Robert I or better known as Robert the Bruce was the King of Scotland during the early portion of the 14th century. He was instrumental in gaining Scotland’s freedom from English control. He had a superb military mind and crushed the English army at the Battle of Bannockburn in 1314 C.E.
Robert the Bruce was born in Ayrshire, Scotland in 1274 C.E. His father was Robert de Brus the 6th lord of Annandale. His mother Marjorie was the Countess of Carrick. The family was descendants of Norman and Gaelic nobility from France. His grandfather was a claimant to the throne of Scotland during the “Great Cause.”
As a child Robert the Bruce was schooled in military tactics and was quite intelligent. He was able to speak three languages at a young age which were Gaelic, Anglo-Norman, and Scottish. As a child he worked as a servant for his father and grandfather. His family moved frequently Annandale and Ayrshire.
In 1292 C.E. John Ballioli was made King of Scotland by King Edward I of England. Ballioli was a first cousin to Robert’s grandfather. After being appointed king Ballioli made Robert the Bruce an Earl of Carrick and his was appointed Lord of Annandale.
Over time Ballioli fell from favor with King Edward I and the Bruce family began to give support to King Edward I. This forced the Bruce’s to move when John Comyn sided with Ballioli and stole the family’s estates in Carrick and Annandale. King Edward I gave the family refuge at Carlisle Castle. In 1296 C.E. Comyn attacked Carlisle Castle.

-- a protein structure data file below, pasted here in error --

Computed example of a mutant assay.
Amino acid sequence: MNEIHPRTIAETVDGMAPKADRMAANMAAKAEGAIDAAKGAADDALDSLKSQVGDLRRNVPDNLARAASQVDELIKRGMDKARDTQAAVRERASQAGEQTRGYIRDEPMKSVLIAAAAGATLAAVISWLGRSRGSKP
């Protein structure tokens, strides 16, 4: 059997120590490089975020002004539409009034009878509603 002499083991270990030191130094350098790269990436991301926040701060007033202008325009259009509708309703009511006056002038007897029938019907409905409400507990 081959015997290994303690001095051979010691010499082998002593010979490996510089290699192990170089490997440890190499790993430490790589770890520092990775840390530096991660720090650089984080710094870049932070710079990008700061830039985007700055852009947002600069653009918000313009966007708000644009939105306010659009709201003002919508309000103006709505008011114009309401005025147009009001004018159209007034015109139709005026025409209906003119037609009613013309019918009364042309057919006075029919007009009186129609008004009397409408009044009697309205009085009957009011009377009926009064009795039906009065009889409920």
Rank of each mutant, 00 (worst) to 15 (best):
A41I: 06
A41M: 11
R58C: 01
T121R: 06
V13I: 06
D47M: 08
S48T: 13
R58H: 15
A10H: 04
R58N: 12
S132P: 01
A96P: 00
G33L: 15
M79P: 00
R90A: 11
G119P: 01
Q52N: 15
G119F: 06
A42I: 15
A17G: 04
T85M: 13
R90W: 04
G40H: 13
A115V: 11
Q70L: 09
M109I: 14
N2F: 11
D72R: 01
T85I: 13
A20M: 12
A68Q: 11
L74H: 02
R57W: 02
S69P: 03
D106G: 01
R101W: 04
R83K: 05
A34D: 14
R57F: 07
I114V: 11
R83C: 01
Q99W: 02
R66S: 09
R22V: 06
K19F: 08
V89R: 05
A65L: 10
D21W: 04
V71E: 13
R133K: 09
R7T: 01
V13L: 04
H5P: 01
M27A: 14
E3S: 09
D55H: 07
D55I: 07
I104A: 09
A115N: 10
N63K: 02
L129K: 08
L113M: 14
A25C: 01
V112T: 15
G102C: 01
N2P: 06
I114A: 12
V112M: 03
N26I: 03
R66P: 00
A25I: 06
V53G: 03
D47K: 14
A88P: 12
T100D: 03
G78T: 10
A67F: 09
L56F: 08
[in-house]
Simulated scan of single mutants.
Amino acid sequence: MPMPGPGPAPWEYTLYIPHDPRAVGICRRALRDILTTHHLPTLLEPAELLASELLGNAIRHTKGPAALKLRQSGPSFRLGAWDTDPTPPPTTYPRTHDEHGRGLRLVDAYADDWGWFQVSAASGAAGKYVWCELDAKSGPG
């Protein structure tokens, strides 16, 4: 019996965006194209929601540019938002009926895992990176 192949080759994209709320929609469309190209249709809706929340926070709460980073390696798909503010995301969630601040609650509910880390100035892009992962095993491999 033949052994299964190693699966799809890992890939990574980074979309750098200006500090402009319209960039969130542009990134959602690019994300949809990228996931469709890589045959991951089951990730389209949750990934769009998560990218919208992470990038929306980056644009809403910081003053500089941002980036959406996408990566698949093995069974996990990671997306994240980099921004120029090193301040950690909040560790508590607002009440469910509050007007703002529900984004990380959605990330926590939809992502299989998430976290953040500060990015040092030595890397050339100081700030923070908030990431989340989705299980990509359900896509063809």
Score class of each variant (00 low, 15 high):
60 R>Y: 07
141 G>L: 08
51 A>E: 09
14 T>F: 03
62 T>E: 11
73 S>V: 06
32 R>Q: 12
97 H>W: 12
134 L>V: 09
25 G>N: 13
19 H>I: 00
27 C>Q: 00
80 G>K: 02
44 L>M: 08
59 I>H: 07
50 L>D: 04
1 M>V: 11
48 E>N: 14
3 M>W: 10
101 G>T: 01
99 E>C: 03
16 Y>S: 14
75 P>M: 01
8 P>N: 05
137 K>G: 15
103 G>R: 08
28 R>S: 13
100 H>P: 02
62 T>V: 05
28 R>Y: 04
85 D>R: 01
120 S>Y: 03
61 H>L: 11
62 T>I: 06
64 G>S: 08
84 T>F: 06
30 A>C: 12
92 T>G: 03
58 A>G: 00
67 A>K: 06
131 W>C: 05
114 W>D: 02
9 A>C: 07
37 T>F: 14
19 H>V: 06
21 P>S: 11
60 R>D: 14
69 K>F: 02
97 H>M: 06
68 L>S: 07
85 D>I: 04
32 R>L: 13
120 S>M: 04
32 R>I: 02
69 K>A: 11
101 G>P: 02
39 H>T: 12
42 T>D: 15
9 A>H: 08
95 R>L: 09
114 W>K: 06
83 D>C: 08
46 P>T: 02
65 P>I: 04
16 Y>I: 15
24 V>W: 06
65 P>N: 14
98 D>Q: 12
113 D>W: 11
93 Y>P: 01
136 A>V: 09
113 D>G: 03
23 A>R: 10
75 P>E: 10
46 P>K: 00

King Edward I viewed this as an attack on England. He marched on Scotland and defeated the Scots soundly at the Battle of Dunbar. King Edward I then deposed King John sending him to the Tower of London. The Bruces then gave their support again to King Edward I. In return the family was given control of Annandale and Carrick once again.
Unexpectedly in 1297 C.E. Robert the Bruce switched his allegiance to the Scottish revolt. King Edward I crushed William Wallace and the Scots at the Battle of Falkirk in 1298 C.E. In 1301 C.E. the English attacked again with little success this time. After a treaty was signed, Robert the Bruce once again switched to supporting King Edward I.
Edward I was not finished. In 1303 C.E. the English invaded and took large areas of territories. Thus, every Scottish noble surrendered to the English expect William Wallace. Wallace would later be captured in 1305 C.E.
In 1306 C.E. there were many problems between Comyn and Robert the Bruce. Robert killed Comyn and assumed the crown of Scotland six weeks later. After the death of Edward I in 1307 C.E. Edward II became King of England.
Robert the Bruce was busy building his kingdom and he had established a Scottish parliament in 1309 C.E. He also had taken a firm grasp of Scottish territory north of the Tay River.
Between 1310 and 1313 C.E. Robert the Bruce went of the offensive retaking lands from the English. In 1314 C.E. Robert the Bruce had his greatest victory at the Battle of Bannockburn.
After which he declared Scotland’s independence from England. He would later march on Northern England and in Ireland but with little success.
As King of Scotland, historians believe his next notable achievement was signing the Treaty of Edinburgh-North Hampton with Edward III of England. The treaty made Scotland an independent country and acknowledged Robert the Bruce as the king.
In Robert the Bruce’s later life he suffered from skin disease and perhaps leprosy. He passed away in 1329 C.E. at the Manor of Cardross and then buried at the Dunfermline Abbey in Fife. He left his kingdom to his son David II.
King Edward I
Battle of Bannockburn
Gaelic, Scottish, and Anglo-Norman